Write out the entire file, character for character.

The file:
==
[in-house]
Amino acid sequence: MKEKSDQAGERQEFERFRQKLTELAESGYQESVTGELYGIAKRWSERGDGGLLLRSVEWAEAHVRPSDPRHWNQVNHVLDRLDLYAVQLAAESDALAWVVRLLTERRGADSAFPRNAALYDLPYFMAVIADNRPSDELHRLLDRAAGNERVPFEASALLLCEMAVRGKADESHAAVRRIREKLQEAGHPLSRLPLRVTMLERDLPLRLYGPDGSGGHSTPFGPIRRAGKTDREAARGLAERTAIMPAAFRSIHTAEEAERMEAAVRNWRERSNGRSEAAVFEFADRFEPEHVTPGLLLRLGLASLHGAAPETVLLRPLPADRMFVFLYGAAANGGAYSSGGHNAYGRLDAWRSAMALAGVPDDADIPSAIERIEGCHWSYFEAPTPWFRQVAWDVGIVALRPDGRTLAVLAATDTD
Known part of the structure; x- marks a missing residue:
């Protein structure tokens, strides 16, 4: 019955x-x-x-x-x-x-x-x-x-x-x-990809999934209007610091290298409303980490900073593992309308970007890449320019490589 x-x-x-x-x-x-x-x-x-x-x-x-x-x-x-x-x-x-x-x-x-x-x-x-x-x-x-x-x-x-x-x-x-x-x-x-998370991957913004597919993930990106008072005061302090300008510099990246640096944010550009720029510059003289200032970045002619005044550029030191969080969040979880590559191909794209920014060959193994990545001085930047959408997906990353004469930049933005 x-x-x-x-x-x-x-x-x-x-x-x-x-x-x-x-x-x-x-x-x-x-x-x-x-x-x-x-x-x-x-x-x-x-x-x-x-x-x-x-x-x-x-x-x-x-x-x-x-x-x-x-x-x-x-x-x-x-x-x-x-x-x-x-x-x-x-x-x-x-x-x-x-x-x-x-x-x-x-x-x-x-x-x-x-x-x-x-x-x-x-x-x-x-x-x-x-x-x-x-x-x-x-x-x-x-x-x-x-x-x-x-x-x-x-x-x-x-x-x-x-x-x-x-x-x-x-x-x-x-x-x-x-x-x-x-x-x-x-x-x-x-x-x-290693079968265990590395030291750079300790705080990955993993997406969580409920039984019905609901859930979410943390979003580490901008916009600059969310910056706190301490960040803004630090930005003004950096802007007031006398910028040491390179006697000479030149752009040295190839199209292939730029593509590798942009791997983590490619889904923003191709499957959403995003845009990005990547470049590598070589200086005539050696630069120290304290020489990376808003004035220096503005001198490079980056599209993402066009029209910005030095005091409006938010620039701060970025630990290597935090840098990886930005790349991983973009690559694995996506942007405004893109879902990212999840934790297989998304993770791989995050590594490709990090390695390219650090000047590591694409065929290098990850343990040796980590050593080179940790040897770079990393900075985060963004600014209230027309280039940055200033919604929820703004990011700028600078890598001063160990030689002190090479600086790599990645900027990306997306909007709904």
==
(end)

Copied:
[in-house]
Amino acid sequence: MKEKSDQAGERQEFERFRQKLTELAESGYQESVTGELYGIAKRWSERGDGGLLLRSVEWAEAHVRPSDPRHWNQVNHVLDRLDLYAVQLAAESDALAWVVRLLTERRGADSAFPRNAALYDLPYFMAVIADNRPSDELHRLLDRAAGNERVPFEASALLLCEMAVRGKADESHAAVRRIREKLQEAGHPLSRLPLRVTMLERDLPLRLYGPDGSGGHSTPFGPIRRAGKTDREAARGLAERTAIMPAAFRSIHTAEEAERMEAAVRNWRERSNGRSEAAVFEFADRFEPEHVTPGLLLRLGLASLHGAAPETVLLRPLPADRMFVFLYGAAANGGAYSSGGHNAYGRLDAWRSAMALAGVPDDADIPSAIERIEGCHWSYFEAPTPWFRQVAWDVGIVALRPDGRTLAVLAATDTD
Known part of the structure; x- marks a missing residue:
């Protein structure tokens, strides 16, 4: 019955x-x-x-x-x-x-x-x-x-x-x-990809999934209007610091290298409303980490900073593992309308970007890449320019490589 x-x-x-x-x-x-x-x-x-x-x-x-x-x-x-x-x-x-x-x-x-x-x-x-x-x-x-x-x-x-x-x-x-x-x-x-998370991957913004597919993930990106008072005061302090300008510099990246640096944010550009720029510059003289200032970045002619005044550029030191969080969040979880590559191909794209920014060959193994990545001085930047959408997906990353004469930049933005 x-x-x-x-x-x-x-x-x-x-x-x-x-x-x-x-x-x-x-x-x-x-x-x-x-x-x-x-x-x-x-x-x-x-x-x-x-x-x-x-x-x-x-x-x-x-x-x-x-x-x-x-x-x-x-x-x-x-x-x-x-x-x-x-x-x-x-x-x-x-x-x-x-x-x-x-x-x-x-x-x-x-x-x-x-x-x-x-x-x-x-x-x-x-x-x-x-x-x-x-x-x-x-x-x-x-x-x-x-x-x-x-x-x-x-x-x-x-x-x-x-x-x-x-x-x-x-x-x-x-x-x-x-x-x-x-x-x-x-x-x-x-x-x-290693079968265990590395030291750079300790705080990955993993997406969580409920039984019905609901859930979410943390979003580490901008916009600059969310910056706190301490960040803004630090930005003004950096802007007031006398910028040491390179006697000479030149752009040295190839199209292939730029593509590798942009791997983590490619889904923003191709499957959403995003845009990005990547470049590598070589200086005539050696630069120290304290020489990376808003004035220096503005001198490079980056599209993402066009029209910005030095005091409006938010620039701060970025630990290597935090840098990886930005790349991983973009690559694995996506942007405004893109879902990212999840934790297989998304993770791989995050590594490709990090390695390219650090000047590591694409065929290098990850343990040796980590050593080179940790040897770079990393900075985060963004600014209230027309280039940055200033919604929820703004990011700028600078890598001063160990030689002190090479600086790599990645900027990306997306909007709904």